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All We Can Eat
Posted at 08:00 AM ET, 04/08/2011

Spirits: A sidecar named desire

The sidecar takes a side trip down the Champs-Elysees. (Julia Ewan/The Washington Post)
Before I started writing this column, I was not much of a brandy drinker. But over the years, I’ve enjoyed my brandy education so much that I’ve become an evangelist. For the past couple years, I’ve been conducting a not-so-stealth campaign to introduce readers to brandy, which I believe to be the most-exciting-yet-totally-underappreciated-and-misunderstood category in the liquor store.

This week, our world brandy tour took us to Andalusia, Spain, where I was (once again) pleasantly surprised by Brandy de Jerez, the spirit created in the same region as sherry. In the past, we’ve visited Cognac and Armagnac and Normandy for Calvados. We’ve stopped in Peru for pisco, the Alps for apricot brandy and back to the good old U.S.A. for peach brandy.

When it comes to cocktails, brandy doesn’t have that one marquee drink that some spirits have — no margarita (as with tequila) or Manhattan and old fashioned (whiskey) or martini (gin). Sure, you could make the case that pisco has the pisco sour, and apple brandy has the Jack Rose. But if brandy in general has any iconic cocktail, it’s probably the sidecar — brandy, orange liqueur (such as Cointreau, Combier or Grand Marnier) and fresh-squeezed lemon juice. Like all classics, cocktail geeks can argue all day about measurements, ratios and brands to use.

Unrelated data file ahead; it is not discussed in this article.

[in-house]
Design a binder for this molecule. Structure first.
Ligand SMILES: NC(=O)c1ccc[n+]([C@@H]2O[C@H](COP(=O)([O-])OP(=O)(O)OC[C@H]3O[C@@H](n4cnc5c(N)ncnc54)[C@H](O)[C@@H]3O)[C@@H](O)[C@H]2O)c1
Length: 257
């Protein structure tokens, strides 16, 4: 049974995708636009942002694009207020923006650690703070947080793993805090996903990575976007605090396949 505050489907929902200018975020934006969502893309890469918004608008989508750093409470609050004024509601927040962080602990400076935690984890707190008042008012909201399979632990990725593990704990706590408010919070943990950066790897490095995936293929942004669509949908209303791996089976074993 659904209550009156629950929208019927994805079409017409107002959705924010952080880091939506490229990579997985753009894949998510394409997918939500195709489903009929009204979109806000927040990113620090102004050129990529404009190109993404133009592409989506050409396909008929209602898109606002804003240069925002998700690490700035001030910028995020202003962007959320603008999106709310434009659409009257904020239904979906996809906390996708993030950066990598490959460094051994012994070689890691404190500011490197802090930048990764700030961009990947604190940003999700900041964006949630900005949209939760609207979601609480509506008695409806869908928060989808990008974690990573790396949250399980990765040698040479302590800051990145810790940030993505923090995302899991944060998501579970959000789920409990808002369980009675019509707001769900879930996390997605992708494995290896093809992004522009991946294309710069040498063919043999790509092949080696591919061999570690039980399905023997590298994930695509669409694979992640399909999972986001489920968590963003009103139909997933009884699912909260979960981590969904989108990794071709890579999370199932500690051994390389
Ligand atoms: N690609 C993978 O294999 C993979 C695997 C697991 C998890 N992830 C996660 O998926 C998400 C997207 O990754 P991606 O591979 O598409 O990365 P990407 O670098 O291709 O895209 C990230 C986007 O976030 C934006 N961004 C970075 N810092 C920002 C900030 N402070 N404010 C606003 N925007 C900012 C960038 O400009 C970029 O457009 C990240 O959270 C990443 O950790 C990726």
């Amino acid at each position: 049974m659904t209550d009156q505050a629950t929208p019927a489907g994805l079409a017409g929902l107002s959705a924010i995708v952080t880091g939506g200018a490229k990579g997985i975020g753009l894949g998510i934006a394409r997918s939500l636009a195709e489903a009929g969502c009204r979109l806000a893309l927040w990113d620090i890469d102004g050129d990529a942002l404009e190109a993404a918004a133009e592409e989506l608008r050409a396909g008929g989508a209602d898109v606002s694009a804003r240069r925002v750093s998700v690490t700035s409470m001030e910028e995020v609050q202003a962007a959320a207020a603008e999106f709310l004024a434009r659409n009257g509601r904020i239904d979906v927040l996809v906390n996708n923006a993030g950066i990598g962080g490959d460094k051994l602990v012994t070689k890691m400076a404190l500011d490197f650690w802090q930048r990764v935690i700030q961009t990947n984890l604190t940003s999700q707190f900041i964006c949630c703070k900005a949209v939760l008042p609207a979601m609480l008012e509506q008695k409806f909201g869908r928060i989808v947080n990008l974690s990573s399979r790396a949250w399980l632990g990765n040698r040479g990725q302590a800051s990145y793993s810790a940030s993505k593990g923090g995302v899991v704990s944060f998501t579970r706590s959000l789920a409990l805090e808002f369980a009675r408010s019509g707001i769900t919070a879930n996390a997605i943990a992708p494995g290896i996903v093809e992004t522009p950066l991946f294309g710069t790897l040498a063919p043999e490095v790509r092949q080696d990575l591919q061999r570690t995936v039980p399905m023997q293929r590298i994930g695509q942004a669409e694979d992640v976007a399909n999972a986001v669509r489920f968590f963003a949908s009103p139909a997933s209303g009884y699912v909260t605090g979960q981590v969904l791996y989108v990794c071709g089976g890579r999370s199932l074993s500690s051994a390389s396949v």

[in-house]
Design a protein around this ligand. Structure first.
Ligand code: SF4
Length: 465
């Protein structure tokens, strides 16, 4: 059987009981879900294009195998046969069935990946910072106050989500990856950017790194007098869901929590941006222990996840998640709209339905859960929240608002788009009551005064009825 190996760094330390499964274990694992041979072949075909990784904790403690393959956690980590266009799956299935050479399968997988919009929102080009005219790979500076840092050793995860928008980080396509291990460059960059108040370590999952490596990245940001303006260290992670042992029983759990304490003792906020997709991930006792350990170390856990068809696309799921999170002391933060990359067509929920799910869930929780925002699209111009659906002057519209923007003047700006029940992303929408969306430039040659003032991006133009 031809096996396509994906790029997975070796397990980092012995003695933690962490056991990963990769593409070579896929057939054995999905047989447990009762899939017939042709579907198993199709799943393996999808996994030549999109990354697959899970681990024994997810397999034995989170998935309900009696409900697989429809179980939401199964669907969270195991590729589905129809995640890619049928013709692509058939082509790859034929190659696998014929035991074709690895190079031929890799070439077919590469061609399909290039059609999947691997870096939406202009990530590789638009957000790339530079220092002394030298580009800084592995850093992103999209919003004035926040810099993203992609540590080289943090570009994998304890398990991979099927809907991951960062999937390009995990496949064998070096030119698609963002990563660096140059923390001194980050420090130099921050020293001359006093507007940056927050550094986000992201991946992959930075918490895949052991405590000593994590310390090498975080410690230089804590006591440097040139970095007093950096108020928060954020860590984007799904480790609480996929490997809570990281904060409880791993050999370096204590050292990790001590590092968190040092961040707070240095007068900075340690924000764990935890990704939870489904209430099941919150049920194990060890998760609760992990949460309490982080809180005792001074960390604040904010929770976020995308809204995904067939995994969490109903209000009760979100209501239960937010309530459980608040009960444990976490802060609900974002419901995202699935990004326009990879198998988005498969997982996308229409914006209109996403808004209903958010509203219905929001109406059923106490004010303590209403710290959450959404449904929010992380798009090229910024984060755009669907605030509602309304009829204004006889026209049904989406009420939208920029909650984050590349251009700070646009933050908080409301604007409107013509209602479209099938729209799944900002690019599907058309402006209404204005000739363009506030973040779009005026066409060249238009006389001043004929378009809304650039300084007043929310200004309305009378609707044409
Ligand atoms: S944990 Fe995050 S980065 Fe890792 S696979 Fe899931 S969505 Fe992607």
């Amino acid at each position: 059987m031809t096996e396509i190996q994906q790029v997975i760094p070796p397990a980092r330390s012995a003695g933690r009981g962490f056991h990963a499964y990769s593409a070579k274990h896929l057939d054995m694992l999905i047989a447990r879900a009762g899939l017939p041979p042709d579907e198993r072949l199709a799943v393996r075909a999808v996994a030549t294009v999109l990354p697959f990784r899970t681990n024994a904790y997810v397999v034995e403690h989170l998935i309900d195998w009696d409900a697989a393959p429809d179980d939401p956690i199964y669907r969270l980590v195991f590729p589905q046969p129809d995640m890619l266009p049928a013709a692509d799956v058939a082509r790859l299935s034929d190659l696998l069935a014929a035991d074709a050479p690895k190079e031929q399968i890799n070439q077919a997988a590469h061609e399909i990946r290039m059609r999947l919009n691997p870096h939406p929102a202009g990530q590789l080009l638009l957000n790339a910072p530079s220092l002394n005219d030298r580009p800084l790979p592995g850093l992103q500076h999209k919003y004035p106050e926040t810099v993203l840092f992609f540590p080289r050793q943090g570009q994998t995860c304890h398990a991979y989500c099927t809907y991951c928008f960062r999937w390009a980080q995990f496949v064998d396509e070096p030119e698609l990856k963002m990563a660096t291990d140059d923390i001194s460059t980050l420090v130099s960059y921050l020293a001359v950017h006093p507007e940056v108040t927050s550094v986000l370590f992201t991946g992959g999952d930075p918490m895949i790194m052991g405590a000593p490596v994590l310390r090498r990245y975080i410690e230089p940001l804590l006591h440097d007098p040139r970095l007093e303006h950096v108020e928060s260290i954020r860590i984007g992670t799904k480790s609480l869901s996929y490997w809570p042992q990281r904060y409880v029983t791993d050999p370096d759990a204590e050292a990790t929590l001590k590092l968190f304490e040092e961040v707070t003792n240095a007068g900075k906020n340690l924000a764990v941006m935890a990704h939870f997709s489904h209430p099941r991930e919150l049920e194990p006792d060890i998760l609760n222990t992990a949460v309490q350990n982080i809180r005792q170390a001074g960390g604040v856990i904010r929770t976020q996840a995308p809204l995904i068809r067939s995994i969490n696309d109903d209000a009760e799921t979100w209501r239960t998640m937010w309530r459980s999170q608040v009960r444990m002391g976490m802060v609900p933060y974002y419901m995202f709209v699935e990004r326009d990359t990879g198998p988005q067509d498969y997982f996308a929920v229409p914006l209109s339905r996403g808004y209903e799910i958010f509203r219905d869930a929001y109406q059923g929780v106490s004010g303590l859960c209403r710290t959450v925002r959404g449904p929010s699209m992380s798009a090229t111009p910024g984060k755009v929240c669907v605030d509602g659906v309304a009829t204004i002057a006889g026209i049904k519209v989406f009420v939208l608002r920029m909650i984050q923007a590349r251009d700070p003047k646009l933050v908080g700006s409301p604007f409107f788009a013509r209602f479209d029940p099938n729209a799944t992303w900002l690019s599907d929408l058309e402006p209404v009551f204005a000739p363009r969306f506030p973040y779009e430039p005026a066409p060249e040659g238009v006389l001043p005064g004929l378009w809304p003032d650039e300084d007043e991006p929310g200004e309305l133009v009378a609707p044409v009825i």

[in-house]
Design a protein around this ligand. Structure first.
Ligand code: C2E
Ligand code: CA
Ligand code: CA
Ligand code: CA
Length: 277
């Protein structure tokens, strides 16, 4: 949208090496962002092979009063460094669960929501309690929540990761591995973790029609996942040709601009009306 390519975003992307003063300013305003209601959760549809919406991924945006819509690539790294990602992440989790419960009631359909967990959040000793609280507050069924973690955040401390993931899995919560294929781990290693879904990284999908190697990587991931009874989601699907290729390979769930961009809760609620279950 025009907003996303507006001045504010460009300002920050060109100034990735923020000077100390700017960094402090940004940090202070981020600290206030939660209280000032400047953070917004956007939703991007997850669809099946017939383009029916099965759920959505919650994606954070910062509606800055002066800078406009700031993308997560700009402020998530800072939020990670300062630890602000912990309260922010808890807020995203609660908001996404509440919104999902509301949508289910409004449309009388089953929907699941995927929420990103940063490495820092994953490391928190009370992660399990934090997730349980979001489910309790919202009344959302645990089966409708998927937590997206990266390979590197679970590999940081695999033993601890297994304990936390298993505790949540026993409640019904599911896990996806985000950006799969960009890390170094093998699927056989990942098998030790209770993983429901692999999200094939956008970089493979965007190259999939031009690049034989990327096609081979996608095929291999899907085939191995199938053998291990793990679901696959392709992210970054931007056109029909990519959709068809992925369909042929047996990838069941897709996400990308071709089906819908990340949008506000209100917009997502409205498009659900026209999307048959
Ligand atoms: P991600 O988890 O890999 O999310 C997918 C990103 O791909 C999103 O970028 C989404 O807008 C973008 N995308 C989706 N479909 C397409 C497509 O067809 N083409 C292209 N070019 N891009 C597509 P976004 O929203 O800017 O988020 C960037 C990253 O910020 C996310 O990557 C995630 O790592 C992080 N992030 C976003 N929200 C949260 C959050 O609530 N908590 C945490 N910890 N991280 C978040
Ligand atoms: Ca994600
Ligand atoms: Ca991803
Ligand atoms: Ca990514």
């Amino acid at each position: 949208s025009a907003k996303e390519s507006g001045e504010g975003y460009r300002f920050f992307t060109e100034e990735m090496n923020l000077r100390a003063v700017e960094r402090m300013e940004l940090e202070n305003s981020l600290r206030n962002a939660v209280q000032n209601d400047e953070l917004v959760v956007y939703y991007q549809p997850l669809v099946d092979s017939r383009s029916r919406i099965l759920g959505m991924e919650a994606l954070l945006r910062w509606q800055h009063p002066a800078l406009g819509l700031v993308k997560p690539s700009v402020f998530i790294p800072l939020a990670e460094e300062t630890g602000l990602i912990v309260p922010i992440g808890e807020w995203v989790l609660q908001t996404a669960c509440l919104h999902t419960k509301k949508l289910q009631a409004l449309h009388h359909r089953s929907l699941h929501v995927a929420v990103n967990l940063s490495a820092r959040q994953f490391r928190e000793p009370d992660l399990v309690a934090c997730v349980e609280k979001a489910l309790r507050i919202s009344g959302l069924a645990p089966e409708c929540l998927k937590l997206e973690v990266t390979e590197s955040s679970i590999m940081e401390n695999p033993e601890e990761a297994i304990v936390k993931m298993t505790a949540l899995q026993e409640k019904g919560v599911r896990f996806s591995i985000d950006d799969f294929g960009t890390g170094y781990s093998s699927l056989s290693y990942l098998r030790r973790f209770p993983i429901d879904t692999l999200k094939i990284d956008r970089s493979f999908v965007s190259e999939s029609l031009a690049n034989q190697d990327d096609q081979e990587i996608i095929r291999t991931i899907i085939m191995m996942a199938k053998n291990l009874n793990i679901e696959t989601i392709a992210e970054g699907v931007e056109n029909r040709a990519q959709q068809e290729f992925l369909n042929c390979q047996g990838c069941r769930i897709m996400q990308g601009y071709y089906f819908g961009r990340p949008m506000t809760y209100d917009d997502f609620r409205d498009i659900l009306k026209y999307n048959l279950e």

For all my love of brandy, though, I’m not a huge fan of the traditional sidecar. However, I’ve published a number of sidecar variations, most of which I like better than the original. To celebrate brandy, and spring, I serve up my top five sidecar variations:

* Champs-Elysees. Yellow chartreuse replaces the Cointreau or Grand Marnier for a delicious more herbal variation.

* Lima Lima. This calls for white brandy — such as pisco or Blanche (which eventually becomes Armagnac when aged). The muddled grapes and the Peychaud’s bitters add unique complexity to the sidecar.

* Hoopla. Spring is always Lillet Blanc season for me, and this variation adds a little of the white wine and citrus aperitif to the mix. Brighter than the orginal sidecar.

* Calvados Sidecar. Sometimes called an “applecar,” this variation calls for apple brandy. In warmer months, I’d skip the sugar/cinnamon rim.

* Odd McIntosh. A variation on another sidecar variation called the Odd McIntyre. This is essentially a hoopla that calls for apple brandy instead of Cognac.

Wilson is the author of “Boozehound.” Follow him on Twitter .

By Jason Wilson  |  08:00 AM ET, 04/08/2011

Categories:  Spirits | Tags:  Jason Wilson

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